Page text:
• *fici* → *fishi*: If a word contains “fici” it can often be replaced with “fishi”. Here are some examples: affishionado, artifishial, benefishial, coeffishient, defishiency, defishit, ineffishient, suffishient, ofishial, profishient, superfishial.
  • Issue → Fishue: As in “That’s not the fishue here though.” and “I was fishued a sign for parking without a ticket”.
  • Killer: As in “These jokes are just killer!” and “Oh wow, that was a killer shark pun you just made.”
  • Door salesperson → Dorsals-person: As in “Door-to-dorsals people are really annoying.” and “Does anyone actually buy things from dorsalsmen?”
  • *tail: Sharks have a tail, so if you’re stretching for an extra shark pun, words containing tail like entail, detail, retail and cocktail may just get you over the line.
  • Bubbly: “bubbly” has a “this water is bubbly” sense and a “he has a really bubbly personality” sense.
  • Dive: As in “The stock market took a dive today.” and “I tried to dive for the ball to intercept it.” and “This relationship has really taken a dive lately.”
  • Finland: As in “I head Finland has great shark puns.”
  • Yours → Jaws: As in “I didn’t know it was Jaws!” and “”
  • Jawdropping → Jawsdropping: “Jaws” is the name of a popular film series about a killer shark.
  • Awesome → Jawsome: As in “Jawsome pun, mate.”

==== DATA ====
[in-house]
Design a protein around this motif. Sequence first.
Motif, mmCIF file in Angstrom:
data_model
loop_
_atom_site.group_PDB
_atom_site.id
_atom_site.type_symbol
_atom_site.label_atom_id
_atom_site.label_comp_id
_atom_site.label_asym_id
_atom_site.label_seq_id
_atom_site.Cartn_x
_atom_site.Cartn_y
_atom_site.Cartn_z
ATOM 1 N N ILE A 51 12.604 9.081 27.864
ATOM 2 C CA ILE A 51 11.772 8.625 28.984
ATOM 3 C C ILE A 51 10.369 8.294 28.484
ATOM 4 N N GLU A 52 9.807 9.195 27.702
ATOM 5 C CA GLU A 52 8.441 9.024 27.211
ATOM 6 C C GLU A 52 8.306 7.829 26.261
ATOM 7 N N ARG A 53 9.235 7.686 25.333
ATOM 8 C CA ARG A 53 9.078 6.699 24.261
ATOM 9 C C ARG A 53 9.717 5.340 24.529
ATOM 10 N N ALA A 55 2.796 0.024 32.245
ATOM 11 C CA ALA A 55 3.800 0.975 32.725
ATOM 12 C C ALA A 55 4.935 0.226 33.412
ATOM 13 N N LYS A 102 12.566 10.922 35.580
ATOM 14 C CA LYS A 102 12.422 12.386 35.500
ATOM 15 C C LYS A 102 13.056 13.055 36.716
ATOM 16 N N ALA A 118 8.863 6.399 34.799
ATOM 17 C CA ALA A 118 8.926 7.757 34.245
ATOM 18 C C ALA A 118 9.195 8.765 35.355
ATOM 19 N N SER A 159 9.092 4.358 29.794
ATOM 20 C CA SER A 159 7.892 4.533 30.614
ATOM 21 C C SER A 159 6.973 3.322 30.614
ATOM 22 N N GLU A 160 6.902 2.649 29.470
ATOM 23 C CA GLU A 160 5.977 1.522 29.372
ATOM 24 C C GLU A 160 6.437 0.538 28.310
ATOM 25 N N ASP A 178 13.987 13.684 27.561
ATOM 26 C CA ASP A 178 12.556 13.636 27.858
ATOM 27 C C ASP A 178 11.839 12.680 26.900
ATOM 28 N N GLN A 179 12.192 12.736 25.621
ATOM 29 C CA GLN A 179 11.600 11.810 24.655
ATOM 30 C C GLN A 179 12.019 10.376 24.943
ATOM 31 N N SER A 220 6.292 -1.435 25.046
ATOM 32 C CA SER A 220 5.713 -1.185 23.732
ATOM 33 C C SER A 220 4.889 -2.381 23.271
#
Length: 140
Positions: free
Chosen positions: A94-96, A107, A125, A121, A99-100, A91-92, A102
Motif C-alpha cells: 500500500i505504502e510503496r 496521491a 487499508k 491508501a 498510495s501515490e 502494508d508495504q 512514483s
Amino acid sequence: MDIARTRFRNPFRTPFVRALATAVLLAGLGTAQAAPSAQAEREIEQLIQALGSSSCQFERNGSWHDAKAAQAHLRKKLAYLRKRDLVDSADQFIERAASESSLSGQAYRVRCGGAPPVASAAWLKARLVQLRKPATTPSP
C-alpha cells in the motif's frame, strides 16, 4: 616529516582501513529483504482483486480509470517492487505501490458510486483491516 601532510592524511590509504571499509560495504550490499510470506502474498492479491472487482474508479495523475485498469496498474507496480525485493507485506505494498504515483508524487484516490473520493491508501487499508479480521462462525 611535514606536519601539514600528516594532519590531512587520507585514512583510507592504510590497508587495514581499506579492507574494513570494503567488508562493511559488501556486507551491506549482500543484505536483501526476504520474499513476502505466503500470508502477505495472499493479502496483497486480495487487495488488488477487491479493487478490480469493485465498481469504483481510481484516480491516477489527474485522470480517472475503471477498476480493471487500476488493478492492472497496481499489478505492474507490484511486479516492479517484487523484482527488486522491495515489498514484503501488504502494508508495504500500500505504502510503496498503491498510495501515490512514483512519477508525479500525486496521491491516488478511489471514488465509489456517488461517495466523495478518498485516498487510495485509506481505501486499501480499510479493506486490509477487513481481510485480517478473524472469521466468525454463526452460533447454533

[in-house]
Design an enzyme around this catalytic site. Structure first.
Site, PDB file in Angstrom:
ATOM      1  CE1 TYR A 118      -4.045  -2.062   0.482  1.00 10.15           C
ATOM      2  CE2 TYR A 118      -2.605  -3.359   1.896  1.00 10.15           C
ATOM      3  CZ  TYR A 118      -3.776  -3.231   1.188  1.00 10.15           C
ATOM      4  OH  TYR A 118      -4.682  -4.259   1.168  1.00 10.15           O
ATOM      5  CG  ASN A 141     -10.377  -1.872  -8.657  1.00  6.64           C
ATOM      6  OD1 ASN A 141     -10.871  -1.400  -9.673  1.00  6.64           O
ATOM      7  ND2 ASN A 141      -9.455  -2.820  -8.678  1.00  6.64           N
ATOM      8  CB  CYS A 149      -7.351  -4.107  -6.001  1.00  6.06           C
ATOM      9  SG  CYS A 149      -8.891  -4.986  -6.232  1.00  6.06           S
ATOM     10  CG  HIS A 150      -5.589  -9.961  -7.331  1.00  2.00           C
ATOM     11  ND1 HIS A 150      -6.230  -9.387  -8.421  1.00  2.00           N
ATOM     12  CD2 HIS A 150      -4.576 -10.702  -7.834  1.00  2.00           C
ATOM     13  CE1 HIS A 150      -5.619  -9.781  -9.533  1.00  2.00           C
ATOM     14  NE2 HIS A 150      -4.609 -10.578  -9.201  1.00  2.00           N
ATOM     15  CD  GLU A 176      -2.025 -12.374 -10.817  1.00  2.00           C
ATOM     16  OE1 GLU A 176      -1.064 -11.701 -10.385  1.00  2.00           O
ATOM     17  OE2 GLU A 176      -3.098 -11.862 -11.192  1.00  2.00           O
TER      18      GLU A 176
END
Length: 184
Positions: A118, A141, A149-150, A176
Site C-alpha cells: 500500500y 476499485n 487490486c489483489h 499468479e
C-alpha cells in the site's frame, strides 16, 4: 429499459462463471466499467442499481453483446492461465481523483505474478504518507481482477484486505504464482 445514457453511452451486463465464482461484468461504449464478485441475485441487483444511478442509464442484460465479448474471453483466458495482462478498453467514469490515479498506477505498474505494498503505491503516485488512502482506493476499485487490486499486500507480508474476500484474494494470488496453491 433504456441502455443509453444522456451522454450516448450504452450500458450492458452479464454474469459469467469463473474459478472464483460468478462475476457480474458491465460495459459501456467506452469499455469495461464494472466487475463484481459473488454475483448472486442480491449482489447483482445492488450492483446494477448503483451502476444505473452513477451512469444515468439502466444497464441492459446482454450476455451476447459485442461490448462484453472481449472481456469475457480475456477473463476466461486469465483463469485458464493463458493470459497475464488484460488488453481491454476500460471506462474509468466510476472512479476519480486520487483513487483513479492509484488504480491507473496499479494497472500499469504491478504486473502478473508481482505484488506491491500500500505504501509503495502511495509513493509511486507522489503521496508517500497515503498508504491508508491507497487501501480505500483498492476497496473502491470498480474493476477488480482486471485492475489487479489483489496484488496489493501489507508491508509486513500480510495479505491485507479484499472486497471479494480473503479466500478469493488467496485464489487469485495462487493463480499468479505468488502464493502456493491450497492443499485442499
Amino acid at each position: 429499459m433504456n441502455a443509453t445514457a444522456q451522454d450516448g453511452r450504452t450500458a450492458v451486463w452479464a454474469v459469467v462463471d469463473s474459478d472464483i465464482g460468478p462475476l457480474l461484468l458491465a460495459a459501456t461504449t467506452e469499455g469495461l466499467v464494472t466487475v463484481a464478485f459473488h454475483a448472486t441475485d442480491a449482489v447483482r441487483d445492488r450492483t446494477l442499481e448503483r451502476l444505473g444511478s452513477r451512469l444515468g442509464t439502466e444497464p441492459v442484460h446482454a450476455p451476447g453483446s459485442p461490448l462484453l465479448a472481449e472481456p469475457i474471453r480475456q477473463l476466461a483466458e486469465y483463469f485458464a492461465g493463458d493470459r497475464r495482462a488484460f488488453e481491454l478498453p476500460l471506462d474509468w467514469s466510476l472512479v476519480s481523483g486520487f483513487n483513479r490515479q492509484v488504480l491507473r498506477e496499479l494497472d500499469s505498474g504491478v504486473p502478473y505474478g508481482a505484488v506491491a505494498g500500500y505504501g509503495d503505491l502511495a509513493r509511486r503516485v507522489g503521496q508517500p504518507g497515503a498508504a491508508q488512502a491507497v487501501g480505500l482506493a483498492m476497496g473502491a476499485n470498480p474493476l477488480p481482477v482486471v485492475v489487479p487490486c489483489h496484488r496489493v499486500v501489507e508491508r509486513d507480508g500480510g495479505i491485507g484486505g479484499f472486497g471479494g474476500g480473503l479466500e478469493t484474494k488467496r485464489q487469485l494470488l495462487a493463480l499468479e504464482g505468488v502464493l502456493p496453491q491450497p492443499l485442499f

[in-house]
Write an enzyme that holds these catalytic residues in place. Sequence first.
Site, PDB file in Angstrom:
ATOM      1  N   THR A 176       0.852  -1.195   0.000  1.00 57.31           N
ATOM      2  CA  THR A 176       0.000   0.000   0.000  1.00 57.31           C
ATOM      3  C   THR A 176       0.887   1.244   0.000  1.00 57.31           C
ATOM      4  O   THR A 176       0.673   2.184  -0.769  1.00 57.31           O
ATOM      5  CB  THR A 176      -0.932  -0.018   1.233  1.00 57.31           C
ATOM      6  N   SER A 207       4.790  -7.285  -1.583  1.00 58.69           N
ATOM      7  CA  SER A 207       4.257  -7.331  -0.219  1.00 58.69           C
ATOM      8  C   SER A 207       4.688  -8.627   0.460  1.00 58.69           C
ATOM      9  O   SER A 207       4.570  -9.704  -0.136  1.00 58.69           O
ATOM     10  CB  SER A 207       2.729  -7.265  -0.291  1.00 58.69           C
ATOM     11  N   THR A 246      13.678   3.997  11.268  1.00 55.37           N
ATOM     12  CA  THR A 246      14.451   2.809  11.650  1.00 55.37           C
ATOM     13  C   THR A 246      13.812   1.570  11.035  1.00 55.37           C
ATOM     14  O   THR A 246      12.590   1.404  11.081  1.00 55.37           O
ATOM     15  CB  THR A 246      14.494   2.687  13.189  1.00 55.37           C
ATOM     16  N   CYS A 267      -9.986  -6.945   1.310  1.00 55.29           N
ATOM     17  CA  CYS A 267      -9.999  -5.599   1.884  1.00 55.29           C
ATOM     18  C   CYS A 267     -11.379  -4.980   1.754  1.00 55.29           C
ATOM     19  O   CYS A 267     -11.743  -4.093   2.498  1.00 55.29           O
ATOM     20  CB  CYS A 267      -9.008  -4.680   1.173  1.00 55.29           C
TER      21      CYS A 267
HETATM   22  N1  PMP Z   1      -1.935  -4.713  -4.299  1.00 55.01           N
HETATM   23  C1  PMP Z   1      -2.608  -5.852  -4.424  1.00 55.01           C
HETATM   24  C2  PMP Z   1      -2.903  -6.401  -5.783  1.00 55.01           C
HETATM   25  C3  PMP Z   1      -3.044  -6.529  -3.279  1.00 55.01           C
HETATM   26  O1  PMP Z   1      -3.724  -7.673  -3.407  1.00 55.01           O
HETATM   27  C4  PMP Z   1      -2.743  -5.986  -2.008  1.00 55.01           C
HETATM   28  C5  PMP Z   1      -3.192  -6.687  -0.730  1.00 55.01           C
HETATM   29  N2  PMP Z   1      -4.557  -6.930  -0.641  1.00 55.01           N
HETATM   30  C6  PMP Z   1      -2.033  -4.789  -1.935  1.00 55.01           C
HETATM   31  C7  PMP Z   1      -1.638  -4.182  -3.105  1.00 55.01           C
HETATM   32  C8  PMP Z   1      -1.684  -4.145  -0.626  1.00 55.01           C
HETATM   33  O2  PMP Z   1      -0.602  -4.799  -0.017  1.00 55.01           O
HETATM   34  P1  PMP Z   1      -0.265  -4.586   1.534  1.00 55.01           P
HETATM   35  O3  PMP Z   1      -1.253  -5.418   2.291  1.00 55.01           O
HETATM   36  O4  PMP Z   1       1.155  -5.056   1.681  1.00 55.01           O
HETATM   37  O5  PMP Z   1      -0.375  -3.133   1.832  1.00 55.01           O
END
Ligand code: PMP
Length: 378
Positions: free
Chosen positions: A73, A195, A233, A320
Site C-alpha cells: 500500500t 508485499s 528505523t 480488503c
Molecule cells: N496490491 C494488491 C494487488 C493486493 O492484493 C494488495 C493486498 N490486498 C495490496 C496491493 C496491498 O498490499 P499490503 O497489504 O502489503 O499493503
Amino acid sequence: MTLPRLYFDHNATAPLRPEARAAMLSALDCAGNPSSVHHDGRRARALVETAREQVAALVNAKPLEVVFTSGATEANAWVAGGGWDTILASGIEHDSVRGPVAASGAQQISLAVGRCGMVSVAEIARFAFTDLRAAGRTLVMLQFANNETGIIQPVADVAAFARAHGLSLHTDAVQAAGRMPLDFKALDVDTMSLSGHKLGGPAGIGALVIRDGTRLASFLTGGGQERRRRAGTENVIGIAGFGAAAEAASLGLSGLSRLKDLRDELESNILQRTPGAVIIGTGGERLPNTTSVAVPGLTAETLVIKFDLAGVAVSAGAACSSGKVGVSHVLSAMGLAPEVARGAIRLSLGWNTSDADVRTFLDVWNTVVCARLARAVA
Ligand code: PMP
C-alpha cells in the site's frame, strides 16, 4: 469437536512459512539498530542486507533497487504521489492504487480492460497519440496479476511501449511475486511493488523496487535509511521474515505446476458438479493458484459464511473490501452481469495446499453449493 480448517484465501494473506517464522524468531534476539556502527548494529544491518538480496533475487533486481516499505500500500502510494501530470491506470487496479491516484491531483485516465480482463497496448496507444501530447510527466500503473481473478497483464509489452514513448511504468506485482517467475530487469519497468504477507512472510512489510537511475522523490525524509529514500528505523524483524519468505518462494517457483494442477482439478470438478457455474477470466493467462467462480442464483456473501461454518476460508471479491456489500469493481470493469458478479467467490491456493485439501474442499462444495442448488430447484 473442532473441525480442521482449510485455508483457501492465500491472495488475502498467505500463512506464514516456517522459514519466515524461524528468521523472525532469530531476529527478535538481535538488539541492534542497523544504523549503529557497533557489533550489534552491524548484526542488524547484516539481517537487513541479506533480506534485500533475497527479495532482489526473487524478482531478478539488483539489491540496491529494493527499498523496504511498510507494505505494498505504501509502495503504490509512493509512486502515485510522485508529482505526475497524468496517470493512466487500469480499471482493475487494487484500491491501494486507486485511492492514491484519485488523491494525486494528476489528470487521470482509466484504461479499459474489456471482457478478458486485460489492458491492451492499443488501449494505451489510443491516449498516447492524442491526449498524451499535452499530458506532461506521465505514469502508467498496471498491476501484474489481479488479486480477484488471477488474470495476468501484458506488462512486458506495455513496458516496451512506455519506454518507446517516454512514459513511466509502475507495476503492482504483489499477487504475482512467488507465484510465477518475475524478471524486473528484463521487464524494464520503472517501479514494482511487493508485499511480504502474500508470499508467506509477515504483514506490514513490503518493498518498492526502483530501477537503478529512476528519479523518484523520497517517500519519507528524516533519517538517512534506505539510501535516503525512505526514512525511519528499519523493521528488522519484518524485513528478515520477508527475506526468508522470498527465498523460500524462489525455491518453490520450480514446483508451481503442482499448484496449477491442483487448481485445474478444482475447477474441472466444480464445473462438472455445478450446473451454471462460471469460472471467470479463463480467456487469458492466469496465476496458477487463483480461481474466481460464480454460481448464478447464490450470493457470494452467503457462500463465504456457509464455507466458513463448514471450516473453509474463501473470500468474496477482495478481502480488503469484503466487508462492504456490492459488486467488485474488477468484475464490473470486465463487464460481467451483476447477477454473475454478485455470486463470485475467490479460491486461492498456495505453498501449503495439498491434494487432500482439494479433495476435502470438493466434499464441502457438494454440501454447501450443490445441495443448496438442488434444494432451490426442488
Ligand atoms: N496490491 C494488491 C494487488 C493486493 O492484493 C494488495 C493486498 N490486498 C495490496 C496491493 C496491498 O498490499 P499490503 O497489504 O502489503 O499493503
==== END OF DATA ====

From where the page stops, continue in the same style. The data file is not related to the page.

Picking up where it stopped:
• Snappy: As in “That was a snappy comeback!” and “Well, there’s no need to get snappy.”
  • Chump → Chomp: As in “Yeah he is a bit of a chomp.”
  • May co* → Mako*: A mako sharks are a well known category of sharks. Example sentences: “He makome with us if he wants” and “Let’s makonversation to be polite.” There are thousands of terrible shark puns to be made using this formula. See this list of words starting with “co” to help you make your own.
  • Make a → Mako: As in “I’m trying really hard to mako shark pun here.”
  • Girl → Gill: As in “Our little gill grew up so fast!”
  • *gil* → *gill*: If a word contains the “gill” sound, replacing it the letters “gill” is an easy homographic fish pun: gillt (guilt), gillbert (gilbert), gillotine (guillotine), gilld (guild), gilligan, gillded (gilded). We can also make (somewhat more laboured) gill puns by using words with the “jill” sound: a-gill-ity (agility), fra-gill-ity (fragility).
  • Serration: Shark teeth have evolved to rely on serration to tear manageable chunks from their prey. In the right context this might work as a subtle shark pun.
  • Reef: Words containing a “reef”-like sound can be made into homographic puns by switching in “reef”: greef (greif), breef (brief), breefcase (breifcase), preefabricated (prefabricated), preefer (prefer), reefill, reeflexes, reefunds, reefurbishment, reefreshed, reefuel, shereef (sherif), threefold.
  • Tope: The term “tope” is a verb meaning “to drink alcohol in excess, especially regularly”, and it also refers to a type of small, greyish, slender shark.
  • Requiem: The term “requiem” refers to an act or token of remembrance, especially a Catholic mass held in remembrance of the dead. The term also refers to a large family of sharks (including tiger sharks, blacktip sharks, and many of the species involved in attacks on humans).